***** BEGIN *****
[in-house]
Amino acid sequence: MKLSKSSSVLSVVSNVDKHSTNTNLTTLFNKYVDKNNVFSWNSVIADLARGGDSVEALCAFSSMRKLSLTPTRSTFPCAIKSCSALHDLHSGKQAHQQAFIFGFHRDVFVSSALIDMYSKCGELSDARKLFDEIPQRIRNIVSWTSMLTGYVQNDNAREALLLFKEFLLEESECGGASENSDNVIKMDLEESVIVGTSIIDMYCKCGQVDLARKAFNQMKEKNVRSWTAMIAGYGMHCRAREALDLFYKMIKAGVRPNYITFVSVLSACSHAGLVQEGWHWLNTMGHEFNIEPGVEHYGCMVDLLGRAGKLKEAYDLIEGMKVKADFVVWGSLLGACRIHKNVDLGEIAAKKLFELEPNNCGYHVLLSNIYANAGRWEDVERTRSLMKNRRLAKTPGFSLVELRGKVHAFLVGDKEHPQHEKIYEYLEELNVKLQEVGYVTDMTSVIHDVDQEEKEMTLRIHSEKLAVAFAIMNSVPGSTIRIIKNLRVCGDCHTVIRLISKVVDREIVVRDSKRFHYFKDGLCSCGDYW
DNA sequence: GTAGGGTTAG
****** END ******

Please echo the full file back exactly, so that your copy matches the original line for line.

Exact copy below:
[in-house]
Amino acid sequence: MKLSKSSSVLSVVSNVDKHSTNTNLTTLFNKYVDKNNVFSWNSVIADLARGGDSVEALCAFSSMRKLSLTPTRSTFPCAIKSCSALHDLHSGKQAHQQAFIFGFHRDVFVSSALIDMYSKCGELSDARKLFDEIPQRIRNIVSWTSMLTGYVQNDNAREALLLFKEFLLEESECGGASENSDNVIKMDLEESVIVGTSIIDMYCKCGQVDLARKAFNQMKEKNVRSWTAMIAGYGMHCRAREALDLFYKMIKAGVRPNYITFVSVLSACSHAGLVQEGWHWLNTMGHEFNIEPGVEHYGCMVDLLGRAGKLKEAYDLIEGMKVKADFVVWGSLLGACRIHKNVDLGEIAAKKLFELEPNNCGYHVLLSNIYANAGRWEDVERTRSLMKNRRLAKTPGFSLVELRGKVHAFLVGDKEHPQHEKIYEYLEELNVKLQEVGYVTDMTSVIHDVDQEEKEMTLRIHSEKLAVAFAIMNSVPGSTIRIIKNLRVCGDCHTVIRLISKVVDREIVVRDSKRFHYFKDGLCSCGDYW
DNA sequence: GTAGGGTTAG